Do you need an air purifier if you've got houseplants?

An air purifier next to a houseplant and a chair on a hardwood floor
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Have you ever wondered if you can swap your air purifier for a houseplant? You’re not alone. 

With some of the best air purifiers costing upwards of $600, an air purifier can be a hefty investment for something which isn’t always easy on the eyes. An air-purifying plant, on the other hand, is affordable, attractive and actively "breathes" carbon dioxide — but how well does it actually stand up to an air purifier?

Here, we will look into how each works to improve your air and the overall impact it will have so you can decide which is best for you.

How does an air purifier work? 

If you want to know how air purifiers work, there are actually a few variations on the market. Each of these air-cleaning methods functions differently, and many air filters combine one or more of them.  

  • HEPA filter — This is arguably the most well-known filtration method. Essentially, the air purifier sucks in air from the room, which then passes through a series of filters, but most importantly a HEPA filter. A HEPA filter is particularly dense and will catch very small microbes and pollutants such as dust, pollen or smoke before recycling the air back into the room.  

An air purifier being opened to reveal the filter

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  • Carbon filter — These work in much the same way as a HEPA filter, but contain a carbon-based filter as one of the layers. The benefit of a carbon filter is that it’s more effective at collecting odors and airborne chemicals.  
  • UV light — Many air purifiers contain UV lights that will kill bacteria and viruses that pass through them. Because this method won’t get rid of inert airborne particles, it’s often used in addition to HEPA and/or carbon filters. 
  • Negative ions — An ionic air purifier works differently from the other methods in that it sends out negative ions which magnetically attract any particles in the air. Once they’re heavy enough, these ionized particles then drop to the ground or attach to surfaces, which then in turn need to be cleaned. Some ionic air purifiers create ozone, which can harm the lungs of children or the elderly. 

How do air-purifying plants work? 

Houseplants will naturally absorb carbon dioxide from the air via photosynthesis. During this process, the plant will convert light, carbon dioxide and water into carbohydrates, which the plant needs to live. Oxygen is then generated as a by-product and released for us to breathe. 

A range of houseplants lined up on a shelf

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In 1989, NASA ran an experiment which found that plants absorb volatile organic compounds (VOCs) from the air using their leaves and roots. VOCs such as benzene, toluene and formaldehyde, to name a few, can be absorbed. 

Such gases are emitted from products such as paint, building materials and cosmetics, so they’re more common than you’d think around the home. When you smell nail-polish remover, gasoline or the interior of a new car, you're smelling VOCs.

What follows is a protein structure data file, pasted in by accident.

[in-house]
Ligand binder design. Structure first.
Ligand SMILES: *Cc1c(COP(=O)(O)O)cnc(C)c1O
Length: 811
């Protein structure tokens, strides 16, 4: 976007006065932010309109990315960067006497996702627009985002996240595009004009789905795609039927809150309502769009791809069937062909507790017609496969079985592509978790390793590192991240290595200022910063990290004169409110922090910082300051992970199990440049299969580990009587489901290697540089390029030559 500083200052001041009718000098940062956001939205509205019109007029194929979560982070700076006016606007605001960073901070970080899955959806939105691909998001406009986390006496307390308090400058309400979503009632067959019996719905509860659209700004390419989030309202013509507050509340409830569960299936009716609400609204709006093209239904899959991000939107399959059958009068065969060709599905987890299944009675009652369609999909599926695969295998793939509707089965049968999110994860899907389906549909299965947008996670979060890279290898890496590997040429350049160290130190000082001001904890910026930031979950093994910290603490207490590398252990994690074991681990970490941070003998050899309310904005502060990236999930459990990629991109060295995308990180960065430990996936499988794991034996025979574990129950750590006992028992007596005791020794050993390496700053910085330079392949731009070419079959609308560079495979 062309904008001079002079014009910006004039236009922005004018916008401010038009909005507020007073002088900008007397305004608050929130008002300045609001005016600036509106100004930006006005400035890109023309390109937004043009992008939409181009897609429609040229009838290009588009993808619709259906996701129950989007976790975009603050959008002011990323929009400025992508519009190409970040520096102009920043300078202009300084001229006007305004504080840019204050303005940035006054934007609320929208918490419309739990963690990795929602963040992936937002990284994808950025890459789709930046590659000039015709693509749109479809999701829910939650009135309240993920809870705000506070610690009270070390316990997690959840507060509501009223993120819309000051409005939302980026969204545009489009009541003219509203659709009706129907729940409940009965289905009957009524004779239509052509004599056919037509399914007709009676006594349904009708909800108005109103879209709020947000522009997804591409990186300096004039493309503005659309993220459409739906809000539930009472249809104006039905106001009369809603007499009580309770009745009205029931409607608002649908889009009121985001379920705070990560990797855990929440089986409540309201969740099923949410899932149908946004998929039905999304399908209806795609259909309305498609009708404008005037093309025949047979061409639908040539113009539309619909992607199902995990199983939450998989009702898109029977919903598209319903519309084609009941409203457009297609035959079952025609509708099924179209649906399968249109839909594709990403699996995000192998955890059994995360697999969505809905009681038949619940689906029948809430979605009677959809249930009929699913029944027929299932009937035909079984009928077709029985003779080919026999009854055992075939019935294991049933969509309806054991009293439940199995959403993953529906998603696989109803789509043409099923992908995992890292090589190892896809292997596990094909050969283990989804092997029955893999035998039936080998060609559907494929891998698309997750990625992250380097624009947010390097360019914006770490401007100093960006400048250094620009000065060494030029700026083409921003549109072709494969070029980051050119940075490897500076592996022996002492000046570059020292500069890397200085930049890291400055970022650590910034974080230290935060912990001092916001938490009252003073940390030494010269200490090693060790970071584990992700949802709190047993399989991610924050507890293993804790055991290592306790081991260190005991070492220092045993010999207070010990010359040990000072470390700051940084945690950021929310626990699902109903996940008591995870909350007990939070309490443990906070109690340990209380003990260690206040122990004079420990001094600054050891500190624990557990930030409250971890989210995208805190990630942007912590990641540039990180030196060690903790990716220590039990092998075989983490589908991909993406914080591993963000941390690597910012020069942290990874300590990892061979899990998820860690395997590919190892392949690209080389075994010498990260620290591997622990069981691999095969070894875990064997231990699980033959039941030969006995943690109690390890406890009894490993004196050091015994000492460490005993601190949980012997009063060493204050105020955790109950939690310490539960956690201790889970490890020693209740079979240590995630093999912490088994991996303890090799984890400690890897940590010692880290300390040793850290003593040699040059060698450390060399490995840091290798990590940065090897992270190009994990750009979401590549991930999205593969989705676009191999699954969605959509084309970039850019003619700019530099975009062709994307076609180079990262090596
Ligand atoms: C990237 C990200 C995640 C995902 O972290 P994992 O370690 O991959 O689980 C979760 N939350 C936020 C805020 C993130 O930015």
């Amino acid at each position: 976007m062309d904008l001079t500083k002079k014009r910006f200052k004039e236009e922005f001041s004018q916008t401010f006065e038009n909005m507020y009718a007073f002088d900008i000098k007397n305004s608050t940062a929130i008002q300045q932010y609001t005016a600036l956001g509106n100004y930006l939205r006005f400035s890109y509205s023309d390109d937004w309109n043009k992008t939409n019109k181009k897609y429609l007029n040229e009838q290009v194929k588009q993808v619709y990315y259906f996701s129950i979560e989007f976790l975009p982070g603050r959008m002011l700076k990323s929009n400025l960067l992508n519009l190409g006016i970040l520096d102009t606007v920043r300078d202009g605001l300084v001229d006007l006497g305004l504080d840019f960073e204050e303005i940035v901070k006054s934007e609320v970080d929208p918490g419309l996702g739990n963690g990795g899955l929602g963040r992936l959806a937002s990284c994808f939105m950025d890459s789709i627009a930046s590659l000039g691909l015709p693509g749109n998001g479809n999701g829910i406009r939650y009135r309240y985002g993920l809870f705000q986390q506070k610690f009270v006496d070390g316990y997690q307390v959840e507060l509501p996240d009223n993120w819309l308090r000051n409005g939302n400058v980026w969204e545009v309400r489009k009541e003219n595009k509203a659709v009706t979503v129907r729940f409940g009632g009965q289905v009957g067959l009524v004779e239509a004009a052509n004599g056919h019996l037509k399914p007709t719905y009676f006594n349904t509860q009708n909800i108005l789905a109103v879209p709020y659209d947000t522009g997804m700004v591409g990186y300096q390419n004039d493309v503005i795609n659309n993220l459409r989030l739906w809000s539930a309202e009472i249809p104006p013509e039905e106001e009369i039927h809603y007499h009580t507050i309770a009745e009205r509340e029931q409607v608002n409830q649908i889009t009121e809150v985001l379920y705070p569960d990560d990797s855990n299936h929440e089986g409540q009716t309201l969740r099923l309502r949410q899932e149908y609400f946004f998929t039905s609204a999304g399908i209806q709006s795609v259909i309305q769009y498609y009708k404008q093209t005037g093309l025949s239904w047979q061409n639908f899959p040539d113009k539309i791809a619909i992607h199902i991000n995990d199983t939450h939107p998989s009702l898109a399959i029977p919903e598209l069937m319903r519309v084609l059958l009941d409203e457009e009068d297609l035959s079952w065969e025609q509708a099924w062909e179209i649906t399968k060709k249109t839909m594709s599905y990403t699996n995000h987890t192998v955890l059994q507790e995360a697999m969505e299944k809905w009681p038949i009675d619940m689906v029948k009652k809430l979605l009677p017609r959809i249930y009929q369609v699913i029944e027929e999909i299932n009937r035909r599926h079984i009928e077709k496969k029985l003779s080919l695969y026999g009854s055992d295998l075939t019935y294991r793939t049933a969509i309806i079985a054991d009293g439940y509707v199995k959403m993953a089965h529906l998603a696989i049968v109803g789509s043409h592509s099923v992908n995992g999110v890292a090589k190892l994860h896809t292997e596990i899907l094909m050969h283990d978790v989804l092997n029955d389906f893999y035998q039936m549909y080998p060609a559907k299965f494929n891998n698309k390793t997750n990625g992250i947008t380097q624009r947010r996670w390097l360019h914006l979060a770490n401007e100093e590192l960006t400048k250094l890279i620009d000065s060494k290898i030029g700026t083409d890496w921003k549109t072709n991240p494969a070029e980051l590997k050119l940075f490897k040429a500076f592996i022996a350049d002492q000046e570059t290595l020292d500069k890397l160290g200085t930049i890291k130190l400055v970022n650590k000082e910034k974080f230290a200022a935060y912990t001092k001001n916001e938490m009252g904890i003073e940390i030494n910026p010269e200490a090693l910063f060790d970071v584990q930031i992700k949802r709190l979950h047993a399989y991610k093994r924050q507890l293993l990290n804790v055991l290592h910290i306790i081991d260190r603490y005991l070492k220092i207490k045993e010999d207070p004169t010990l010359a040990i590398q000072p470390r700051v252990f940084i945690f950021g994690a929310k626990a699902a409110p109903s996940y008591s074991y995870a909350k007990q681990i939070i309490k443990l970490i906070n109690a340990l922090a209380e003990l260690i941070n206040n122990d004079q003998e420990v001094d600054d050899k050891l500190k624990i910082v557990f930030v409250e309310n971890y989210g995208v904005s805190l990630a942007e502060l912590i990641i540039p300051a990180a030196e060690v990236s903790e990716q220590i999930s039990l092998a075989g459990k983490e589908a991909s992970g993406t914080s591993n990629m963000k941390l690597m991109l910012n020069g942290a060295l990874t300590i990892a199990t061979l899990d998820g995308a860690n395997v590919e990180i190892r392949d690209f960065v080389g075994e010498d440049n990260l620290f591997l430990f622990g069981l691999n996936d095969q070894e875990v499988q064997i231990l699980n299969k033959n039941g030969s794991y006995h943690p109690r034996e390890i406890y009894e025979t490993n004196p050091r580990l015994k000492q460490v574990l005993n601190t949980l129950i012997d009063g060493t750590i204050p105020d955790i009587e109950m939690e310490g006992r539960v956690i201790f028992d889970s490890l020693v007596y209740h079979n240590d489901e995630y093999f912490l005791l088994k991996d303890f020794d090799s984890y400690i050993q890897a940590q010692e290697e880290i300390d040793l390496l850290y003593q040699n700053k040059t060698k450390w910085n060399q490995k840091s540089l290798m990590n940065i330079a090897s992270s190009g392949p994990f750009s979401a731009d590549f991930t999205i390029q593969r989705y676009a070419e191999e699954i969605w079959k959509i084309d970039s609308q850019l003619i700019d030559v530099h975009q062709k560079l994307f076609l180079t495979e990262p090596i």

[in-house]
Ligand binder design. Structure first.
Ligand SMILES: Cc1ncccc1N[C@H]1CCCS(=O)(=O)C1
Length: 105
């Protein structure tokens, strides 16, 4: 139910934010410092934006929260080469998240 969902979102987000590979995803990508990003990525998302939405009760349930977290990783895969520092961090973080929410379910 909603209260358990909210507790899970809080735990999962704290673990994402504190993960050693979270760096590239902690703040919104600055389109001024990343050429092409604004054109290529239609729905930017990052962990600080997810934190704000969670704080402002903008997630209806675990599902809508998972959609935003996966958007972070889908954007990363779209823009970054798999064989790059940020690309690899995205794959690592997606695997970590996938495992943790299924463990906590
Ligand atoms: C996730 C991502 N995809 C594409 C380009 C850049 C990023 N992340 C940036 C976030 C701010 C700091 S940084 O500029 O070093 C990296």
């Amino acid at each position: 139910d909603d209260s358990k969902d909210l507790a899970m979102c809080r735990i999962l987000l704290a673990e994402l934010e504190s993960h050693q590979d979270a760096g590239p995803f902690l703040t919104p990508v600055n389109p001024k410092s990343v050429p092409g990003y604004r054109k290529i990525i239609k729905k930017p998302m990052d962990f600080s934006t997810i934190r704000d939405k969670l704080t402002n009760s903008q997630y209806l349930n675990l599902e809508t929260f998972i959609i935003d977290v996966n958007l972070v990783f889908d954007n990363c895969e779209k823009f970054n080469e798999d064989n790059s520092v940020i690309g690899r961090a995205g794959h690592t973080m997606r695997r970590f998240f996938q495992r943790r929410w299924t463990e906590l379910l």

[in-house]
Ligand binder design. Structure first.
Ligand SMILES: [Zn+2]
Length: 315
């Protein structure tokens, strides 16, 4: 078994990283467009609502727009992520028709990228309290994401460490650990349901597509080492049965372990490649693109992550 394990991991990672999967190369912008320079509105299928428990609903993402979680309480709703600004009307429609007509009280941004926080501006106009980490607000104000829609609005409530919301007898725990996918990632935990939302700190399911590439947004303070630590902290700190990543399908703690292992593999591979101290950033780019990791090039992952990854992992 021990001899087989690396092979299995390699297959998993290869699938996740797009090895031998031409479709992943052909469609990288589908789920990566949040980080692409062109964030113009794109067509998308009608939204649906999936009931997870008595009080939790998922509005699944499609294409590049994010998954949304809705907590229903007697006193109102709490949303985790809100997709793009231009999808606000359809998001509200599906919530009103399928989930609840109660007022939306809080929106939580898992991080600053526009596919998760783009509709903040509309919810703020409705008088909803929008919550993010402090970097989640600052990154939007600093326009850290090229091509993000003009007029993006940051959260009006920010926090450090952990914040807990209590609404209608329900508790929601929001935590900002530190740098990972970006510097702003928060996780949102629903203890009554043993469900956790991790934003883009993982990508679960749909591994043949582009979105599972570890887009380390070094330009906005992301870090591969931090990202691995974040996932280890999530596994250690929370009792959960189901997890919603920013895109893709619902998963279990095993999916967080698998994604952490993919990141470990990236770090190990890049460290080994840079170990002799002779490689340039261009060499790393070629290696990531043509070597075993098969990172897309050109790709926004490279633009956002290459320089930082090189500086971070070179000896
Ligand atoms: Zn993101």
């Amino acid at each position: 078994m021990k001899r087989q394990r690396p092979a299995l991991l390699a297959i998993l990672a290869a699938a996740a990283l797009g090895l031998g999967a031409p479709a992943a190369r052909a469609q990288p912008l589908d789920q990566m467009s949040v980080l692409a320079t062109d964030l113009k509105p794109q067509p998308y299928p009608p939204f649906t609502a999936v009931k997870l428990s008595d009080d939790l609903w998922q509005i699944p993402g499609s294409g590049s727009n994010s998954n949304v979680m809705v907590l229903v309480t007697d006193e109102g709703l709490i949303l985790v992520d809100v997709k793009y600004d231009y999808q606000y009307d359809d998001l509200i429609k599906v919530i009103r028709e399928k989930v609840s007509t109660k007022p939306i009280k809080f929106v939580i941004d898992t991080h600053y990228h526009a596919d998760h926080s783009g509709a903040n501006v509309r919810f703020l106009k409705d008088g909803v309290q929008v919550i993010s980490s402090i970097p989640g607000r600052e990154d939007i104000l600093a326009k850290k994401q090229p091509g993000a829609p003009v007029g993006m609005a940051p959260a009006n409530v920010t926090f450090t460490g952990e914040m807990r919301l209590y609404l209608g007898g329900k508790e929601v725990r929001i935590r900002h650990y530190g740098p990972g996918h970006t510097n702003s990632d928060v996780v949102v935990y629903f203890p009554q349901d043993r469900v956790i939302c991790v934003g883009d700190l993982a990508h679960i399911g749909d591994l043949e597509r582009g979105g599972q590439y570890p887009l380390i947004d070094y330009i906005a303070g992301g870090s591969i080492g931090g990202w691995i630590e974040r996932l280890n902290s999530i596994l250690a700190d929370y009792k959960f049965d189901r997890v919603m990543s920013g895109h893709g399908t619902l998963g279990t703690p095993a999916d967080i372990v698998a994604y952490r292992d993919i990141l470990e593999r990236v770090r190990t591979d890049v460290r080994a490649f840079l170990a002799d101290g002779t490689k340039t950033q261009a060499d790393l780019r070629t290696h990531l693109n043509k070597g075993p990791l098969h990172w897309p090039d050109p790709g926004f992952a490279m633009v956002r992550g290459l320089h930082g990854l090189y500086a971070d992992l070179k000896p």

With that in mind, it’s no wonder that some are left favoring nature over the machine. But how does the air-cleaning performance between the air purifiers and houseplants compare? 

Air purifier vs. houseplants — how they compare

While it’s a nice idea to have plants clean the air, they unfortunately don’t come close to matching the effectiveness of an air purifier. Michael Waring, a professor of environmental engineering at Drexel University in Philadelphia, analyzed 30 years of past research and concluded that plants remove VOCs at such a slow rate that you would need lots of plants to make the same impact as an air purifier. We’re talking about thousands of plants per household, so don’t even attempt it! 

Furthermore, houseplants can’t absorb particles such as dust or smoke, and if anything, they only add to the pollen count. This is a clear win for air purifiers, especially if you have allergies. 

Final thoughts

A dog on a chair surrounded by houseplants

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Don’t go throwing your succulents away, just yet though. Plants come with many other benefits. Studies have shown that plants can boost your mood as well as reduce stress and fatigue. While the overall impact may be minimal, they’re still having a positive effect on your air. 

Ultimately, I’d recommend having both air purifiers and plants in your home. Just make sure that the plants aren’t poisonous to cats and dogs if you have pets.  

Next: Here are 7 ways to get more out of your existing air purifier.

Katie Mortram
Homes Editor

Katie looks after everything homes-related, from kitchen appliances to gardening tools. She also covers smart home products too, so is the best point of contact for any household advice! She has tested and reviewed appliances for over 6 years, so she knows what to look for when finding the best. Her favorite thing to test has to be air purifiers, as the information provided and the difference between performances is extensive.